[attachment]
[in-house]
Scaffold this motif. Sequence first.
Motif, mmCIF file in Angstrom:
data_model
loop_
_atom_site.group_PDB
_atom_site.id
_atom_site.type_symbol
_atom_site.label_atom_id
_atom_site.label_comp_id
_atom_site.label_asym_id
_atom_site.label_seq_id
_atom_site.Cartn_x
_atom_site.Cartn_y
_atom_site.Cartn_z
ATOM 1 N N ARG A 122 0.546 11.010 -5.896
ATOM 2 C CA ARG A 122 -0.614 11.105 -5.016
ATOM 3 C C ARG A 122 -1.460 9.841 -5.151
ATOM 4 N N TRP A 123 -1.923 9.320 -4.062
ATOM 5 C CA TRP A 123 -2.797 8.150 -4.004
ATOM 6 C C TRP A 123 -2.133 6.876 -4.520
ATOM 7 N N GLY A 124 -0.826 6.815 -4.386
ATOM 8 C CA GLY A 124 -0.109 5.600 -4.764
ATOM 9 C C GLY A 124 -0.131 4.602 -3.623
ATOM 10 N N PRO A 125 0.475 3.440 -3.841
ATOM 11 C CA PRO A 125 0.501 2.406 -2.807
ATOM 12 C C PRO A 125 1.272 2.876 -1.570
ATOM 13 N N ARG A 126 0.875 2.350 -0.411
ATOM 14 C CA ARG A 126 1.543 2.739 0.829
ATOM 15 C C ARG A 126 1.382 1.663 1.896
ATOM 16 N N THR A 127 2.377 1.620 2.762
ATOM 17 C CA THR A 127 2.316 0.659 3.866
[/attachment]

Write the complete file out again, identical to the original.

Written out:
[in-house]
Scaffold this motif. Sequence first.
Motif, mmCIF file in Angstrom:
data_model
loop_
_atom_site.group_PDB
_atom_site.id
_atom_site.type_symbol
_atom_site.label_atom_id
_atom_site.label_comp_id
_atom_site.label_asym_id
_atom_site.label_seq_id
_atom_site.Cartn_x
_atom_site.Cartn_y
_atom_site.Cartn_z
ATOM 1 N N ARG A 122 0.546 11.010 -5.896
ATOM 2 C CA ARG A 122 -0.614 11.105 -5.016
ATOM 3 C C ARG A 122 -1.460 9.841 -5.151
ATOM 4 N N TRP A 123 -1.923 9.320 -4.062
ATOM 5 C CA TRP A 123 -2.797 8.150 -4.004
ATOM 6 C C TRP A 123 -2.133 6.876 -4.520
ATOM 7 N N GLY A 124 -0.826 6.815 -4.386
ATOM 8 C CA GLY A 124 -0.109 5.600 -4.764
ATOM 9 C C GLY A 124 -0.131 4.602 -3.623
ATOM 10 N N PRO A 125 0.475 3.440 -3.841
ATOM 11 C CA PRO A 125 0.501 2.406 -2.807
ATOM 12 C C PRO A 125 1.272 2.876 -1.570
ATOM 13 N N ARG A 126 0.875 2.350 -0.411
ATOM 14 C CA ARG A 126 1.543 2.739 0.829
ATOM 15 C C ARG A 126 1.382 1.663 1.896
ATOM 16 N N THR A 127 2.377 1.620 2.762
ATOM 17 C CA THR A 127 2.316 0.659 3.866